Given what we’ve discussed above, even when Python 3 becomes the norm, we will still see some applications and studios stay behind while others make the leap of faith. We simply don’t yet know the timeframe for more large-scale adoption of Python 3 by creative studios and DCC applications. That gap could cause confusion, especially for smaller companies without the resources to adapt and react.

In response to this, and to minimize disruption for anyone that uses our tools, we’ve ensured full backward compatibility in our Python API.

ftrack-python-api is automatically tested against Python 2.7, 3.6, and 3.7 against our latest server versions to ensure reliable code. We will soon add 3.8 to this testing process to ensure we are ready ahead of our customers.

The VFX Reference Platform

Consistency is crucial in the continued creation of high-end entertainment. That’s why we’ve worked so hard to adhere to the VFX Reference Platform CY2020.

Our Python 3 adoption is a large part of this initiative. The more uniformity we can support in VFX, the easier it will be for studios to create work, and the more creative they can become.

However, we should note that ftrack is not only used for VFX. You can rest assured that ftrack-python-api is fully forward-looking, and we will accommodate the requirements of all creative industries as we grow and support our tools.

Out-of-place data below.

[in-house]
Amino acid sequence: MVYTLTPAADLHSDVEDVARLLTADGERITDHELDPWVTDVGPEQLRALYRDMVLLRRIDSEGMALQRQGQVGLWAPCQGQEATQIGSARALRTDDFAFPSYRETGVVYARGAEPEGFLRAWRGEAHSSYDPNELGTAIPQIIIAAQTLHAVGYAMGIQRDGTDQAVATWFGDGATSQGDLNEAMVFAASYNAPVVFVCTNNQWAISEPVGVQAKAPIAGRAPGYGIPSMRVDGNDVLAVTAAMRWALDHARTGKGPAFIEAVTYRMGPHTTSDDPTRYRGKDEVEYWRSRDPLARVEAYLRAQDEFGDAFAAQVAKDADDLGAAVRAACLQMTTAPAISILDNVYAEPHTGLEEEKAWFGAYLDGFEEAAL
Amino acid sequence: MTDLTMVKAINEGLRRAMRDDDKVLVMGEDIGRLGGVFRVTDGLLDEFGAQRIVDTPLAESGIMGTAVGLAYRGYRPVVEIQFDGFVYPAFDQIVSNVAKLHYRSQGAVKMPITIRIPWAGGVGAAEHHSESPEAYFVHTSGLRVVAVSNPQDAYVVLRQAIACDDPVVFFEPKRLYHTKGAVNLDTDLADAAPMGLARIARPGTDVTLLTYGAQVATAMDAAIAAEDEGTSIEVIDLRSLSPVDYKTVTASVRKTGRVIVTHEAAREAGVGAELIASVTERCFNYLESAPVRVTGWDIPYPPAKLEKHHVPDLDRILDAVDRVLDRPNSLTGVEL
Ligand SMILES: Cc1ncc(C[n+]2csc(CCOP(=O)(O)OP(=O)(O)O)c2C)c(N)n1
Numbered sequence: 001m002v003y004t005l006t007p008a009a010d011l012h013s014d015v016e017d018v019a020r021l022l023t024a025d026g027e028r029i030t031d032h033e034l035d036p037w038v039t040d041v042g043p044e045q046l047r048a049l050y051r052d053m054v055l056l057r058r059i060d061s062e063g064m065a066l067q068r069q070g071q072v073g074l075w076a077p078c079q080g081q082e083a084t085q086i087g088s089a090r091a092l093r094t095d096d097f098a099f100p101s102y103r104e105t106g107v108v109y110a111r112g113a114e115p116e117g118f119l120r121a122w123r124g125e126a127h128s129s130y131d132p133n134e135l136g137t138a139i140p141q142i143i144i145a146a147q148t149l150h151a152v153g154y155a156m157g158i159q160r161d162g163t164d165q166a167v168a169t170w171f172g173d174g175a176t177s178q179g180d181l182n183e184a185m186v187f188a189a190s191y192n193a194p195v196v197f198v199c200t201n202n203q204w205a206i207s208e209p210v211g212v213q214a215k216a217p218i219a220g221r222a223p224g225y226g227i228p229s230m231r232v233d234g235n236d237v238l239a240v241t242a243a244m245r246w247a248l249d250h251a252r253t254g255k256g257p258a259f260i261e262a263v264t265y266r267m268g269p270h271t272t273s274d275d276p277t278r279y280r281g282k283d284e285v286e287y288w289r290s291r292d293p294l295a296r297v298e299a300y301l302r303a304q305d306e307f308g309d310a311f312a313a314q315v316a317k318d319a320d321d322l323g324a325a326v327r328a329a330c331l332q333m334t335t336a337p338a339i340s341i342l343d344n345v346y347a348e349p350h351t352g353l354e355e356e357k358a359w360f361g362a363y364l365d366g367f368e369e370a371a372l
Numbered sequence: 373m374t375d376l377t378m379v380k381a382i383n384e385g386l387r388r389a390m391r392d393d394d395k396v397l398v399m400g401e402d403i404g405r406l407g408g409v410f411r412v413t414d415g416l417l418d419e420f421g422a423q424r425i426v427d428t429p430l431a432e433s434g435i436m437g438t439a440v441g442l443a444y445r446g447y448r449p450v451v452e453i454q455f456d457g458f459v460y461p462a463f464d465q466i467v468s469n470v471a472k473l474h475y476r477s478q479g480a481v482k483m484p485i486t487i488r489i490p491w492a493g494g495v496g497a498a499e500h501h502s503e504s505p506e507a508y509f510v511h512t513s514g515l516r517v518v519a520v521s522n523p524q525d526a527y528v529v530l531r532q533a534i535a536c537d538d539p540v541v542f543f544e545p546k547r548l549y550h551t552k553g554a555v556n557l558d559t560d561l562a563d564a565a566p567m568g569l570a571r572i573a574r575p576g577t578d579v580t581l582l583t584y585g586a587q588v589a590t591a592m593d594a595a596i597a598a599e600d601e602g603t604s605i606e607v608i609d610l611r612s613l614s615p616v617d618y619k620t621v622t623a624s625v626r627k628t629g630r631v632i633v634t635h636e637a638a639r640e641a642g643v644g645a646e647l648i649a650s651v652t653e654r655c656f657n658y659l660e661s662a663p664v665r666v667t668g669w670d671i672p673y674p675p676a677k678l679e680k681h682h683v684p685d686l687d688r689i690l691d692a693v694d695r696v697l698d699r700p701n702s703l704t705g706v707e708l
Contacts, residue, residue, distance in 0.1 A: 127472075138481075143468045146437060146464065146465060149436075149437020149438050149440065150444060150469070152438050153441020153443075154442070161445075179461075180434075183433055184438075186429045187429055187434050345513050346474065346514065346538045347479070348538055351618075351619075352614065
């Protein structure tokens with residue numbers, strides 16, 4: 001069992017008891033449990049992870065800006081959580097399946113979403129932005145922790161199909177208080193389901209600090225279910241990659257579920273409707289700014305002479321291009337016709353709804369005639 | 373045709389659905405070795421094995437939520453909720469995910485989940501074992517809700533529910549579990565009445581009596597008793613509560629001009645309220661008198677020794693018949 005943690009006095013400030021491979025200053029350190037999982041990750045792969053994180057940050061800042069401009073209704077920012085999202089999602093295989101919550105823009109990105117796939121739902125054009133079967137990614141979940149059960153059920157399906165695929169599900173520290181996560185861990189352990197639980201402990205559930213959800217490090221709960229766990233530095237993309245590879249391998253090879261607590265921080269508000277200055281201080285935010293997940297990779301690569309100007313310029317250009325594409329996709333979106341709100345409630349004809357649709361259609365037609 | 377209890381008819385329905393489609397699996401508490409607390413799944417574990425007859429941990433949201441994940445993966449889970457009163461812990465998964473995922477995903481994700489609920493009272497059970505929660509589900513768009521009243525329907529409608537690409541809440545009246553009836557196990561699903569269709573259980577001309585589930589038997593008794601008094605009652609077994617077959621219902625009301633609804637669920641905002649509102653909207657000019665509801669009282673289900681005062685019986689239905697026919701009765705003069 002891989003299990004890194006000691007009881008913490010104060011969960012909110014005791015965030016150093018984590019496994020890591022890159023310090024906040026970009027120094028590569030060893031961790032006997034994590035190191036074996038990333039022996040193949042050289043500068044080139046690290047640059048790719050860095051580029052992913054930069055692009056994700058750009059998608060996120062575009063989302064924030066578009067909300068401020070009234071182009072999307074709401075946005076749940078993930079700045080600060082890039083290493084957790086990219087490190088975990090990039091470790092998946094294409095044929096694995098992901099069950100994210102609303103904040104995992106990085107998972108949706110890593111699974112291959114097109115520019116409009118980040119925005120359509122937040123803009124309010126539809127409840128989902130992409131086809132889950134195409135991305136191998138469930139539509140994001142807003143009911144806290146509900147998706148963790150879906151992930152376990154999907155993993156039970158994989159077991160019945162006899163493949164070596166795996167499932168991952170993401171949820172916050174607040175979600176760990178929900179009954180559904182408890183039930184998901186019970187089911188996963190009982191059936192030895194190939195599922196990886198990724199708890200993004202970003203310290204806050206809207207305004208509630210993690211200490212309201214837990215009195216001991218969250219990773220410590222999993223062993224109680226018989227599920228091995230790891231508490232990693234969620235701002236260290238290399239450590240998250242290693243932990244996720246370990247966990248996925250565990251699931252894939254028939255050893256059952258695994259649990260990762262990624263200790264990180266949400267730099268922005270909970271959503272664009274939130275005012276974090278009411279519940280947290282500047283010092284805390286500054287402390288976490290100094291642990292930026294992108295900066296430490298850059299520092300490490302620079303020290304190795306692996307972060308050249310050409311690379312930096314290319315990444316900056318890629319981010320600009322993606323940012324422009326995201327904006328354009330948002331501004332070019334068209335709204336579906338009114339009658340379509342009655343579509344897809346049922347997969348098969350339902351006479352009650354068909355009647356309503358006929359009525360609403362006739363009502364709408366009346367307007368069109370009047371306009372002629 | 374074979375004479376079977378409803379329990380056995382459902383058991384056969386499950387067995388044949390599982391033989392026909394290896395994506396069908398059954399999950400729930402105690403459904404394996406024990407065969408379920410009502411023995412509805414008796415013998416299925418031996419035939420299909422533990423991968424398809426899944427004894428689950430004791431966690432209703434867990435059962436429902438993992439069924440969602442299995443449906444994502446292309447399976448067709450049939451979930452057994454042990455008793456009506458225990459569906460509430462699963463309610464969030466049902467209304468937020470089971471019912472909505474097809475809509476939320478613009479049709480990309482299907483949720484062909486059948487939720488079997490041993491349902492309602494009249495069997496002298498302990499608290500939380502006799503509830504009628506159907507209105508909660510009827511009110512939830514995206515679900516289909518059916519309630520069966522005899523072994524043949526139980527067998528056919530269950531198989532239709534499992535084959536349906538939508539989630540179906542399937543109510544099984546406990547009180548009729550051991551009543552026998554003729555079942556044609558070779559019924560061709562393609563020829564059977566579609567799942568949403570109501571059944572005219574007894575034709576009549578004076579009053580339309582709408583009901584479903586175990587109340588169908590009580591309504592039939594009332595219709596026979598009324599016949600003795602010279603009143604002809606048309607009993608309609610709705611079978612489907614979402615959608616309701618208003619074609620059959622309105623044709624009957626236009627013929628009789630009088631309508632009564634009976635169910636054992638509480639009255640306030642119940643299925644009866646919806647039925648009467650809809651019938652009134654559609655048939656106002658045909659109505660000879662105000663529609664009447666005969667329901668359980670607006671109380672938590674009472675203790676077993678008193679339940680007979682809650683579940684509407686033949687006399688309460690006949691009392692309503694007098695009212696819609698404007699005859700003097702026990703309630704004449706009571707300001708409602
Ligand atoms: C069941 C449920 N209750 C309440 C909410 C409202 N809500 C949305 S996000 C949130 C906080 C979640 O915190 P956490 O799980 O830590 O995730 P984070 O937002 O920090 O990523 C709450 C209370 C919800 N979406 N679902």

The ftrack Python API

The ftrack-python-api enables users to modify and customize ftrack to match their specific needs. If you have particular requirements as a studio or an individual user, ftrack’s fully Pythonic and object-oriented Python API enables you to easily customize and extend ftrack, while retaining all the same features as those available from the server, such as user permissions and custom entities. With ftrack-python-api, you can make ftrack work the way you need.

Access the ftrack-python-api on Bitbucket. The Python 3 version of the API is fully backward compatible with Python 2.7.

Closer collaboration with ftrack!

Try ftrack today and see first-hand how it can speed up your post-production workflows.

More from the blog

Meet Rory McGregor, General Manager of ftrack Australia

| Company, Q&A | No Comments

Say hello to Rory, who’s heading up ftrack’s operations in Australia!

ftrack Review updates – January 2020

| Product, Release, Review | No Comments

We’ve updated ftrack Review! Learn about the new features here.

8 ways to increase your efficiency with Adobe’s After Effects

| Tips & tricks | No Comments

Create work faster and spend less time fiddling with your settings!

ftrack’s 2019 year in review

| Company | No Comments

We take a look at the biggest news and company highlights from ftrack in 2019.

ftrack Studio plugin with Perforce Helix Core now available!

| Integrations, Product, Studio | No Comments

Our new fully integrated workflow with gaming’s standard version control software.

A closer look at improved planning and scheduling in ftrack Studio 4.3

| Product, Release, Studio | No Comments

New tools to help improve productivity and optimtize workflow at your studio.

Six ways media review will make you more productive

| Productivity, Review | No Comments

We’re making a big investment in media review – here’s why!